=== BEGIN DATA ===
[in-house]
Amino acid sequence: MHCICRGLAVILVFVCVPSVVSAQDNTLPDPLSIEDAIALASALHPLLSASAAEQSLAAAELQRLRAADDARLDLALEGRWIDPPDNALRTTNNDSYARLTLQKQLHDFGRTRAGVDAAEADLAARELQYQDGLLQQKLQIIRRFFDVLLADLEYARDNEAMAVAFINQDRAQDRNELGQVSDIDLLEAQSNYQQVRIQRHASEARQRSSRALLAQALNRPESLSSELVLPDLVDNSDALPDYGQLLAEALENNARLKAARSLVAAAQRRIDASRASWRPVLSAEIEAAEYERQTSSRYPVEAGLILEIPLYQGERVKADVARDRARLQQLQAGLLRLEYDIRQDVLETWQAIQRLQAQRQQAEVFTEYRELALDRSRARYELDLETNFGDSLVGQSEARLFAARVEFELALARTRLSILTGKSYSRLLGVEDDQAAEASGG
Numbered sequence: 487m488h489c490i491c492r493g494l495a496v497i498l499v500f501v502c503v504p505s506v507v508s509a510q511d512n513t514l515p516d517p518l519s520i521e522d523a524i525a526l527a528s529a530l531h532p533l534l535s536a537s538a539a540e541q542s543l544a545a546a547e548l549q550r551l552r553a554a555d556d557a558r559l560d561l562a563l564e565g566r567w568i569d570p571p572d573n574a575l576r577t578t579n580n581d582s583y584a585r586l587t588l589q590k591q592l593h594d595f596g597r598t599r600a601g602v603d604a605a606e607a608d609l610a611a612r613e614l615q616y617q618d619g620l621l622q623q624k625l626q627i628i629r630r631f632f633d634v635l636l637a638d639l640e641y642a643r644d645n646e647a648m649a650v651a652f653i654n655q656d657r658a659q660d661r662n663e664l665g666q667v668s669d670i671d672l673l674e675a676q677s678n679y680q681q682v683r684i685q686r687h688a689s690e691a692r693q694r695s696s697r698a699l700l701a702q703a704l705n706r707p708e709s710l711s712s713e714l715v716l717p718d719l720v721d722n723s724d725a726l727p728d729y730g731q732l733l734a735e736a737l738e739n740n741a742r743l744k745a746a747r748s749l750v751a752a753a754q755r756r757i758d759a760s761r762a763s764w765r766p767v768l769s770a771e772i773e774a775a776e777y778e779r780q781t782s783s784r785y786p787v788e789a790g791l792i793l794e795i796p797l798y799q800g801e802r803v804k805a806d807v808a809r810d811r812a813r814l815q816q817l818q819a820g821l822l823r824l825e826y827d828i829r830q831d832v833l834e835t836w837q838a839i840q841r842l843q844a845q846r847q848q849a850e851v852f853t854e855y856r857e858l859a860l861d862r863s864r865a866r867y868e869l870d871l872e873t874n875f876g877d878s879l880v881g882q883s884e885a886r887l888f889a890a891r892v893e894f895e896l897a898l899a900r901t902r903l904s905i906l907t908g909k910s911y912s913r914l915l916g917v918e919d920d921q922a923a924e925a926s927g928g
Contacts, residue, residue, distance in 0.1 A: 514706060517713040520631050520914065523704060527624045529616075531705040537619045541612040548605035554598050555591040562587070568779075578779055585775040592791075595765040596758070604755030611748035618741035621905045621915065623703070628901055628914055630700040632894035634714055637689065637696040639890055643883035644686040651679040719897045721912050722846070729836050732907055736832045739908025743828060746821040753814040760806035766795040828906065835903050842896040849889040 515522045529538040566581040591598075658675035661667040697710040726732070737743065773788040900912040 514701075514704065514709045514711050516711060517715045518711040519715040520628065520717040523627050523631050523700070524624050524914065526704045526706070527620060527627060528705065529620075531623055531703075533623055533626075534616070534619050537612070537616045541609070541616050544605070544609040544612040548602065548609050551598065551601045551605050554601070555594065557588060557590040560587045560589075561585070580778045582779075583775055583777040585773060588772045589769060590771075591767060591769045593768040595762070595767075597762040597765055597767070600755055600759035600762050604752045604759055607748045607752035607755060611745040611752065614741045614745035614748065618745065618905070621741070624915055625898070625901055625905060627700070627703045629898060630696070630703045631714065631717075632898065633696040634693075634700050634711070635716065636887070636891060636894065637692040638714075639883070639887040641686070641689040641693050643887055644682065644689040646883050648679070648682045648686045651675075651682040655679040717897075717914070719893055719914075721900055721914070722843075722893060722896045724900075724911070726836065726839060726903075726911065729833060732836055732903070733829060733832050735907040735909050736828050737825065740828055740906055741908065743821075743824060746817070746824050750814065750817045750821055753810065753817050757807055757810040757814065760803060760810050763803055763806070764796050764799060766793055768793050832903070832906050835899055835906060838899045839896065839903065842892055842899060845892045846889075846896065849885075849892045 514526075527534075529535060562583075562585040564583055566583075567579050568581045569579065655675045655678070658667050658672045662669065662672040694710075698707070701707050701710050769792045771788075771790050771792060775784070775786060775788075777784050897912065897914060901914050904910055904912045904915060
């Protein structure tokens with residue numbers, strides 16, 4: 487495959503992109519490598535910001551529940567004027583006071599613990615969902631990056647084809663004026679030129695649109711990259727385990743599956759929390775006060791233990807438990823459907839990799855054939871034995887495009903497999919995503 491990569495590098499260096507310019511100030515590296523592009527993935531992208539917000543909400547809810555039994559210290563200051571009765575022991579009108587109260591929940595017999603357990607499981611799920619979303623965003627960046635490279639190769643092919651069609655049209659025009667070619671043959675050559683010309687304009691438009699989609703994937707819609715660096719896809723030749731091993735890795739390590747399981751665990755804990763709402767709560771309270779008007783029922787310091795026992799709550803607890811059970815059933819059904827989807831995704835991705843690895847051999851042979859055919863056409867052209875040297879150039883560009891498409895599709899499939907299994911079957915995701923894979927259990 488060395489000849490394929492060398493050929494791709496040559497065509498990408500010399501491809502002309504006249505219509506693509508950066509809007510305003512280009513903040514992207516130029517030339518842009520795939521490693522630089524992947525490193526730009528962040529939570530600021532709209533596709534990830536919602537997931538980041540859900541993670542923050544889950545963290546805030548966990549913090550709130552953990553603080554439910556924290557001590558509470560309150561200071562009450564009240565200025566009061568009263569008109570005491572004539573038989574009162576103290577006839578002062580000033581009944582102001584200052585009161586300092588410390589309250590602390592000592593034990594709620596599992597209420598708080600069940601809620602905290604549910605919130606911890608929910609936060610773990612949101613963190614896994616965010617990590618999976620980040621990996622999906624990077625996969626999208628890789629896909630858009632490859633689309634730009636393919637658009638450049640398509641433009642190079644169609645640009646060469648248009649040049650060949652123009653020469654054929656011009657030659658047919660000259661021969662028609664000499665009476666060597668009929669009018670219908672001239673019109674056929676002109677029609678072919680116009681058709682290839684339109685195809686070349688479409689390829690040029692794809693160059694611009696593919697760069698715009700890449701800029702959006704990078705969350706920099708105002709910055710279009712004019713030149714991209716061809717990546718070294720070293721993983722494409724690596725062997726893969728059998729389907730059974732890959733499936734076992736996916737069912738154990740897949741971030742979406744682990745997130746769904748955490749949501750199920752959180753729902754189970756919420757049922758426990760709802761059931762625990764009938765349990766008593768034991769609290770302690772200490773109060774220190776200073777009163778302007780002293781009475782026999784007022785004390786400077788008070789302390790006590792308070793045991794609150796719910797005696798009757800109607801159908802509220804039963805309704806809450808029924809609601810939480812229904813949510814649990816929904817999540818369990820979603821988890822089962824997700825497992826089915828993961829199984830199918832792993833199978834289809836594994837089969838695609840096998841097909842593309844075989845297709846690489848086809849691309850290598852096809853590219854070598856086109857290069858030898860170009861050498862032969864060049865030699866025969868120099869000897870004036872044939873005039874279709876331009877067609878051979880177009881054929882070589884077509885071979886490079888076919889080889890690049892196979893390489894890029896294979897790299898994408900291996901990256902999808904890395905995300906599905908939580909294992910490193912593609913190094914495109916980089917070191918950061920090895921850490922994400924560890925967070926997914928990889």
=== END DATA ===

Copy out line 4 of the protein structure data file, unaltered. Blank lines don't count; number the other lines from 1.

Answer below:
Contacts, residue, residue, distance in 0.1 A: 514706060517713040520631050520914065523704060527624045529616075531705040537619045541612040548605035554598050555591040562587070568779075578779055585775040592791075595765040596758070604755030611748035618741035621905045621915065623703070628901055628914055630700040632894035634714055637689065637696040639890055643883035644686040651679040719897045721912050722846070729836050732907055736832045739908025743828060746821040753814040760806035766795040828906065835903050842896040849889040 515522045529538040566581040591598075658675035661667040697710040726732070737743065773788040900912040 514701075514704065514709045514711050516711060517715045518711040519715040520628065520717040523627050523631050523700070524624050524914065526704045526706070527620060527627060528705065529620075531623055531703075533623055533626075534616070534619050537612070537616045541609070541616050544605070544609040544612040548602065548609050551598065551601045551605050554601070555594065557588060557590040560587045560589075561585070580778045582779075583775055583777040585773060588772045589769060590771075591767060591769045593768040595762070595767075597762040597765055597767070600755055600759035600762050604752045604759055607748045607752035607755060611745040611752065614741045614745035614748065618745065618905070621741070624915055625898070625901055625905060627700070627703045629898060630696070630703045631714065631717075632898065633696040634693075634700050634711070635716065636887070636891060636894065637692040638714075639883070639887040641686070641689040641693050643887055644682065644689040646883050648679070648682045648686045651675075651682040655679040717897075717914070719893055719914075721900055721914070722843075722893060722896045724900075724911070726836065726839060726903075726911065729833060732836055732903070733829060733832050735907040735909050736828050737825065740828055740906055741908065743821075743824060746817070746824050750814065750817045750821055753810065753817050757807055757810040757814065760803060760810050763803055763806070764796050764799060766793055768793050832903070832906050835899055835906060838899045839896065839903065842892055842899060845892045846889075846896065849885075849892045 514526075527534075529535060562583075562585040564583055566583075567579050568581045569579065655675045655678070658667050658672045662669065662672040694710075698707070701707050701710050769792045771788075771790050771792060775784070775786060775788075777784050897912065897914060901914050904910055904912045904915060